Ultrarunner Dean Karnazes once ran for 82 hours straight, covering 350 miles. When you have to run that distance in training each week, your mind can be either your best friend or your worst enemy. That's why Karnazes has been using a high-tech device that trains his brain to sleep better and more efficiently.
When ultrarunner Dean Karnazes needs a mental boost, he plugs in, powering up with a device that looks and feels like something from a science fiction movie. Karnazes connects to a mind-altering gadget called Thync that hooks up to your brain—or at least sticks onto your head in order to theoretically alter your mood. But perhaps the strangest thing about the device is that it actually works. “You press a button and you feel great,” says Isy Goldwasser, Thync’s CEO and co-founder, explaining his company’s philosophy of making the body’s internal systems controllable through technology.
“I’ve tried Red Bull … there are other stimulants like that,” Karnazes says, “but this is something completely different.”
When you have to run hundreds of miles in training each week, and spend days out on roads and trails competing—Karnazes once ran for 82 hours straight, covering 350 miles—your mind can be either your best friend or your worst enemy. “It’s you versus you,” Karnazes says. “It’s self-confrontation. It’s you overcoming your perceived limitations and pushing through pain barriers that you’re not sure you can get through.”
Thync works by pulsing small electrical currents, no more than about 20 milliamps, through nerves on the head. A sticky strip of electrodes attaches to places where nerves run close to the skin above the right eyebrow, behind the ear, and on the back of the neck. A small triangular device connects above the eyebrow, and sends electrical pulses out through the electrode strip. According to Jamie Tyler, Thync’s CSO and other co-founder, the effect of pulsing currents along these nerves is to modulate norepinephrine production in the brainstem at the back of the head. The device has two main modes—called "vibes" in Thync-speak—calm and energy. The difference between these two is that energy increases the release of norepinephrine, increasing alertness, whereas calm decreases it.
The strength of these effects varies from person to person, but 80% of people experience a strong response, according to Goldwasser. However, not everyone enjoys the mind-altering feeling. “My immediate response was to tear this thing off my head,” Karnazes says of his first experience. “What am I doing to my brain?”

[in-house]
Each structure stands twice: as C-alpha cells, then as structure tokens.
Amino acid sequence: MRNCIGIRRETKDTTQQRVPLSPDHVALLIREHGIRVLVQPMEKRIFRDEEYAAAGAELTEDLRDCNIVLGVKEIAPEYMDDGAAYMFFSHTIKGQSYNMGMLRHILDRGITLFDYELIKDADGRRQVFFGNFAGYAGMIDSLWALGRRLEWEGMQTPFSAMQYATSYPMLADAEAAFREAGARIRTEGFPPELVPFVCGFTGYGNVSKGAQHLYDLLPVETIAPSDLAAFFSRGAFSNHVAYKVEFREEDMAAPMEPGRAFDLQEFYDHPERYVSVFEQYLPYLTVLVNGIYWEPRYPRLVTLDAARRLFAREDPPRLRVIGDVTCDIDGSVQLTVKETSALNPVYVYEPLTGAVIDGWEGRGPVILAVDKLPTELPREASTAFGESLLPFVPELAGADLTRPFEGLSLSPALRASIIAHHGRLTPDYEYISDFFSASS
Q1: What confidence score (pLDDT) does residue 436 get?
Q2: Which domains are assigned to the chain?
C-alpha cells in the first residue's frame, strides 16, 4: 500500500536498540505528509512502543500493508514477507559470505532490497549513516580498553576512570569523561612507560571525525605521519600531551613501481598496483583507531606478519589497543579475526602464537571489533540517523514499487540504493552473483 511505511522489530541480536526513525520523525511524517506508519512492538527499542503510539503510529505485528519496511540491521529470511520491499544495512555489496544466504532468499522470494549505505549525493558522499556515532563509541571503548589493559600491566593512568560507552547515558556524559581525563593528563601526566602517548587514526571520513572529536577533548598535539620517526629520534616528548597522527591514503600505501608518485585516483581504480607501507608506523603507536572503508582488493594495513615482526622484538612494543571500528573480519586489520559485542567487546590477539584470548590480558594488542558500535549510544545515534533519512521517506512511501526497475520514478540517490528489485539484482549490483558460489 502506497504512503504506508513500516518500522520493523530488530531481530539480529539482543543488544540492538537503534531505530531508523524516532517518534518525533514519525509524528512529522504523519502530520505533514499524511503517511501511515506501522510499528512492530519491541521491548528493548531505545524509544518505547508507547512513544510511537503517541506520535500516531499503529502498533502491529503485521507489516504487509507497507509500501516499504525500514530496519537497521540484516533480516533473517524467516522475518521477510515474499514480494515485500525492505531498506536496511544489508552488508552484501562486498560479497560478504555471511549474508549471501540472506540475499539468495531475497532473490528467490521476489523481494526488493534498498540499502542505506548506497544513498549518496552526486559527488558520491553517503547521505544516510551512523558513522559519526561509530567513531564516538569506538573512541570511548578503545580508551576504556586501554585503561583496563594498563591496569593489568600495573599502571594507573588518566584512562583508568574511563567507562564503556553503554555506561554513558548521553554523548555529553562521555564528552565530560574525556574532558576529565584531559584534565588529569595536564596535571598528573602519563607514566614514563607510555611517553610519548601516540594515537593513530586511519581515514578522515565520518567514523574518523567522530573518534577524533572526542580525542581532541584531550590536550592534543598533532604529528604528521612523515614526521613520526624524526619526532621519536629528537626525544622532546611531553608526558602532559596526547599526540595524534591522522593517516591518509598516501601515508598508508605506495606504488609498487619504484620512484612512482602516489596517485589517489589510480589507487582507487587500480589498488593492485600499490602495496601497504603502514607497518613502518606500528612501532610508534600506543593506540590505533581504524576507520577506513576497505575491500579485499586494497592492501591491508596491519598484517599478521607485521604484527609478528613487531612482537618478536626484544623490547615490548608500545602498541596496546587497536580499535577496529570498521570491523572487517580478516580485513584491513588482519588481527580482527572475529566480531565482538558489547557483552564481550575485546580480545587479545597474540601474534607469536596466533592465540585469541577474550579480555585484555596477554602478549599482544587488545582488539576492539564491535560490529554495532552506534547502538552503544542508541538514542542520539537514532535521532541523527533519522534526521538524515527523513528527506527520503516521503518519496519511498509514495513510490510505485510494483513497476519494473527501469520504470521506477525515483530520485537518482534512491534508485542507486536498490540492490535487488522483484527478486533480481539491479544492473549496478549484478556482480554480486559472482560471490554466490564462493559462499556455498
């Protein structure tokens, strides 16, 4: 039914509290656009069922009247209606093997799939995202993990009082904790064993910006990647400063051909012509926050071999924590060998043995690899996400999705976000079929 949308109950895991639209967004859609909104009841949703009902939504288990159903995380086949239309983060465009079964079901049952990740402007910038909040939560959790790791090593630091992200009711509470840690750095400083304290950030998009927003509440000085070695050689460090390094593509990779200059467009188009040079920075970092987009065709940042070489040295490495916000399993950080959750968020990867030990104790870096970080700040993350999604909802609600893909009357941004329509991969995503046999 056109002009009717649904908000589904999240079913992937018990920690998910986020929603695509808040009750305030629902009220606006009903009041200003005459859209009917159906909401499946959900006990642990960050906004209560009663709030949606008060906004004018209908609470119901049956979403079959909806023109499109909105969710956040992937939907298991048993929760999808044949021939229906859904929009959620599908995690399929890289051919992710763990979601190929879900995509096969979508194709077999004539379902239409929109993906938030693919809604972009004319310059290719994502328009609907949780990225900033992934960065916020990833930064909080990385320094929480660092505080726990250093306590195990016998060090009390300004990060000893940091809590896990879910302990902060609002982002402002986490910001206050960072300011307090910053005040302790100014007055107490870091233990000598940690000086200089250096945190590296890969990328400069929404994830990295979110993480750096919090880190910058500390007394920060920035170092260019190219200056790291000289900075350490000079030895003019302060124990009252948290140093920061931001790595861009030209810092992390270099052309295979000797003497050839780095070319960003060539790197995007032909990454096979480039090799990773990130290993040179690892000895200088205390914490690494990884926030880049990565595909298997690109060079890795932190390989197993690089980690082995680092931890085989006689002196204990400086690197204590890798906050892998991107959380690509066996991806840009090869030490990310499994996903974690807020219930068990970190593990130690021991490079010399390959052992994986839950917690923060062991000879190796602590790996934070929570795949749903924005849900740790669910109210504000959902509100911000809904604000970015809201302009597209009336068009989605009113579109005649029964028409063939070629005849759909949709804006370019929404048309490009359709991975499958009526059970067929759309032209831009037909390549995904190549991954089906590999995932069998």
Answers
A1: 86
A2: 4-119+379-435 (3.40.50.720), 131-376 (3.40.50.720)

But Karnazes kept using Thync, and became a convert. The greatest edge he found, though, wasn’t from the attention-boosting effects of the energy vibe, but from the relaxing effects of the calm vibe. “I use the calm for sleeping at night, recovery,” Karnazes says. “For an athlete, sleep is really important, and disruptive sleep is really a hindrance to your recovery.” After using Thync for the last five months, Karnazes has found that it helps him fall asleep quicker and wake up less during the night.
“The biggest impact we’re going to have for athletes, especially pro athletes that have really demanding workout routines and travel schedules, is to help them sleep better,” Tyler says. The Golden State Warriors won last season’s NBA Finals 4–2, in part because Cleveland Cavaliers star forward LeBron James was struggling with fatigue. If James had been fully fit and rested, maybe history would have worked out a little differently.
Tyler can also design personal vibes. “If you have a very high pain threshold, you can tolerate more,” Tyler says, “and we can actually make the effects stronger that they are right now.” By tuning the power and frequency of the electrical pulses, Tyler can learn which settings work best for Karnazes, and individualize the effects.
However, if this sort of electronic brain modulation becomes more widespread, one question might need answering: is this legal? Performance-enhancing drugs aren’t, so why should performance-enhancing devices be?
“If you get to the point where you can start to shave seconds off [your] time,” Tyler says, “then I think there might be cause for concern. But we’re not there yet.”
Thync is neither a drug nor a medical device that would require FDA approval, but by modulating norepinephrine it can produce similar effects as banned doping agents. Beta blockers are on the World Anti-Doping Agency’s list of prohibited substances, and athletes such as North Korean Olympic pistol silver- and bronze-medalist Kim Jong-su have been caught using them to lower their heart rate, and reduce tremors and anxiety. These drugs work by blocking receptors for norepinephrine, whereas Thync’s calm vibe simply reduces the amount of the neurotransmitter, but the effect should be broadly the same.
But WADA bans drugs, not devices, so Thync and other wearables that might allow athletes to adjust the balance of hormones without resorting to chemicals aren’t prohibited. And even if they were, says Tyler, “you can’t test for what we do. It’s not in your blood or your urine.”